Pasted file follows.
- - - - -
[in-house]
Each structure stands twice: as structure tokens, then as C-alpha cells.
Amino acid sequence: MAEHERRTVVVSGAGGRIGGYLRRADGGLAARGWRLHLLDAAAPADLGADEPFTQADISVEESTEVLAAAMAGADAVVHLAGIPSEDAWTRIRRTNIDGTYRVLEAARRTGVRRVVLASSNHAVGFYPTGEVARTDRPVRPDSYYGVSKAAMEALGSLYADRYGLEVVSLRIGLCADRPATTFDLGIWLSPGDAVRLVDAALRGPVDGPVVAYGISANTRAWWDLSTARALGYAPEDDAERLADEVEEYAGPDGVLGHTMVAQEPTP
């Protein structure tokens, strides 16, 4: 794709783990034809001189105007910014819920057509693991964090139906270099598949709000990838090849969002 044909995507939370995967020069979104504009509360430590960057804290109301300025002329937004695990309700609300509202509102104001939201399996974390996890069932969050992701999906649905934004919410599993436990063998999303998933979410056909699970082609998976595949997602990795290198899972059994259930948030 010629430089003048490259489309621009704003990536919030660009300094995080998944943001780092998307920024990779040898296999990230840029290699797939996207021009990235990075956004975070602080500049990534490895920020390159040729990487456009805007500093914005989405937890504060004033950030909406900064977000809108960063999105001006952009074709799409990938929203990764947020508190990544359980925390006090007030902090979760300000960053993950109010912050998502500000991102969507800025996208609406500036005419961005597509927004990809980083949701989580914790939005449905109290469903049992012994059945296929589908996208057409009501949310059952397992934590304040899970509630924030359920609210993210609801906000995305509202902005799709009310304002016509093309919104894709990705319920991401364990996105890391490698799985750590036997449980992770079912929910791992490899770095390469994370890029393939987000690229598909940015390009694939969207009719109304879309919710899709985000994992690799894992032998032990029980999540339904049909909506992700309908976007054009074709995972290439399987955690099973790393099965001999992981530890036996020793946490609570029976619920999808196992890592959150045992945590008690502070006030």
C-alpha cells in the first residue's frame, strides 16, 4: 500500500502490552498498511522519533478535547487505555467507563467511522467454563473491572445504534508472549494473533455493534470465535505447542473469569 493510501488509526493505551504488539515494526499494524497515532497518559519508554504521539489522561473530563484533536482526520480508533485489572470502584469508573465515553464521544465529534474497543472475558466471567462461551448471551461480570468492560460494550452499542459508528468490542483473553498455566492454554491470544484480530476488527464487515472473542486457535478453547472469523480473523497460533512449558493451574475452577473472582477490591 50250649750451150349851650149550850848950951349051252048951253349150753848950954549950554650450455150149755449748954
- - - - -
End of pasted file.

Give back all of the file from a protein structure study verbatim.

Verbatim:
[in-house]
Each structure stands twice: as structure tokens, then as C-alpha cells.
Amino acid sequence: MAEHERRTVVVSGAGGRIGGYLRRADGGLAARGWRLHLLDAAAPADLGADEPFTQADISVEESTEVLAAAMAGADAVVHLAGIPSEDAWTRIRRTNIDGTYRVLEAARRTGVRRVVLASSNHAVGFYPTGEVARTDRPVRPDSYYGVSKAAMEALGSLYADRYGLEVVSLRIGLCADRPATTFDLGIWLSPGDAVRLVDAALRGPVDGPVVAYGISANTRAWWDLSTARALGYAPEDDAERLADEVEEYAGPDGVLGHTMVAQEPTP
């Protein structure tokens, strides 16, 4: 794709783990034809001189105007910014819920057509693991964090139906270099598949709000990838090849969002 044909995507939370995967020069979104504009509360430590960057804290109301300025002329937004695990309700609300509202509102104001939201399996974390996890069932969050992701999906649905934004919410599993436990063998999303998933979410056909699970082609998976595949997602990795290198899972059994259930948030 010629430089003048490259489309621009704003990536919030660009300094995080998944943001780092998307920024990779040898296999990230840029290699797939996207021009990235990075956004975070602080500049990534490895920020390159040729990487456009805007500093914005989405937890504060004033950030909406900064977000809108960063999105001006952009074709799409990938929203990764947020508190990544359980925390006090007030902090979760300000960053993950109010912050998502500000991102969507800025996208609406500036005419961005597509927004990809980083949701989580914790939005449905109290469903049992012994059945296929589908996208057409009501949310059952397992934590304040899970509630924030359920609210993210609801906000995305509202902005799709009310304002016509093309919104894709990705319920991401364990996105890391490698799985750590036997449980992770079912929910791992490899770095390469994370890029393939987000690229598909940015390009694939969207009719109304879309919710899709985000994992690799894992032998032990029980999540339904049909909506992700309908976007054009074709995972290439399987955690099973790393099965001999992981530890036996020793946490609570029976619920999808196992890592959150045992945590008690502070006030």
C-alpha cells in the first residue's frame, strides 16, 4: 500500500502490552498498511522519533478535547487505555467507563467511522467454563473491572445504534508472549494473533455493534470465535505447542473469569 493510501488509526493505551504488539515494526499494524497515532497518559519508554504521539489522561473530563484533536482526520480508533485489572470502584469508573465515553464521544465529534474497543472475558466471567462461551448471551461480570468492560460494550452499542459508528468490542483473553498455566492454554491470544484480530476488527464487515472473542486457535478453547472469523480473523497460533512449558493451574475452577473472582477490591 50250649750451150349851650149550850848950951349051252048951253349150753848950954549950554650450455150149755449748954